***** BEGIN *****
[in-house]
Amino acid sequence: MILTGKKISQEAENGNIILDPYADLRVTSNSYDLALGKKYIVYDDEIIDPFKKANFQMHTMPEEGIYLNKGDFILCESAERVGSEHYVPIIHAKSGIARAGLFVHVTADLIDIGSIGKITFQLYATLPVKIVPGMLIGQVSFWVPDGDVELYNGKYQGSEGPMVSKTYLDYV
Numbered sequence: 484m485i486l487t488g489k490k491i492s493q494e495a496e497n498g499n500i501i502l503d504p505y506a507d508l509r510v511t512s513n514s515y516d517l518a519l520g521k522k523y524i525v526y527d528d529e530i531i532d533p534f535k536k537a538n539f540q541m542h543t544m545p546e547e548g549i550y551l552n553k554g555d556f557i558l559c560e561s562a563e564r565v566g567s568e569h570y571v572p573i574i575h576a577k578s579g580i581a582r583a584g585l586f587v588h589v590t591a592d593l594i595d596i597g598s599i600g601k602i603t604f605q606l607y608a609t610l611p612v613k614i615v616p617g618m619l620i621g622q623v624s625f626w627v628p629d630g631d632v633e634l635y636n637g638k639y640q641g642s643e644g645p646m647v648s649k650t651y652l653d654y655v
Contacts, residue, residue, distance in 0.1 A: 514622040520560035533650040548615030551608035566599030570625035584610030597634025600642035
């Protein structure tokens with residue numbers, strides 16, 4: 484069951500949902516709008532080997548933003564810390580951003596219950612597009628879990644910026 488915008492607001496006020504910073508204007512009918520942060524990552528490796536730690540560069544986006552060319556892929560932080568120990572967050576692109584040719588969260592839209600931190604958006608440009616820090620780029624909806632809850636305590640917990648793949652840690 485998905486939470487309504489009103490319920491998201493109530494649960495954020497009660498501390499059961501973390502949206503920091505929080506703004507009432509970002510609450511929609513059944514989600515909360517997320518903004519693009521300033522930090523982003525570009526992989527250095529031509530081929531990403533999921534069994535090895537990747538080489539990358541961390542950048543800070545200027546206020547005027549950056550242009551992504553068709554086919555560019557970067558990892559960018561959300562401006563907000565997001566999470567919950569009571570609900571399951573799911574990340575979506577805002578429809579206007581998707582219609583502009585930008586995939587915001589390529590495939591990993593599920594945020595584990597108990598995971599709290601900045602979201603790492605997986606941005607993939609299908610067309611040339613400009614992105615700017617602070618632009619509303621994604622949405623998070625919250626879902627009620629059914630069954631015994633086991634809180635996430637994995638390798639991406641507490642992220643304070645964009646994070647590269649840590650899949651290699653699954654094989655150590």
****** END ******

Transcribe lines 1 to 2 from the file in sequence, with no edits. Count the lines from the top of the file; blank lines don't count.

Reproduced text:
[in-house]
Amino acid sequence: MILTGKKISQEAENGNIILDPYADLRVTSNSYDLALGKKYIVYDDEIIDPFKKANFQMHTMPEEGIYLNKGDFILCESAERVGSEHYVPIIHAKSGIARAGLFVHVTADLIDIGSIGKITFQLYATLPVKIVPGMLIGQVSFWVPDGDVELYNGKYQGSEGPMVSKTYLDYV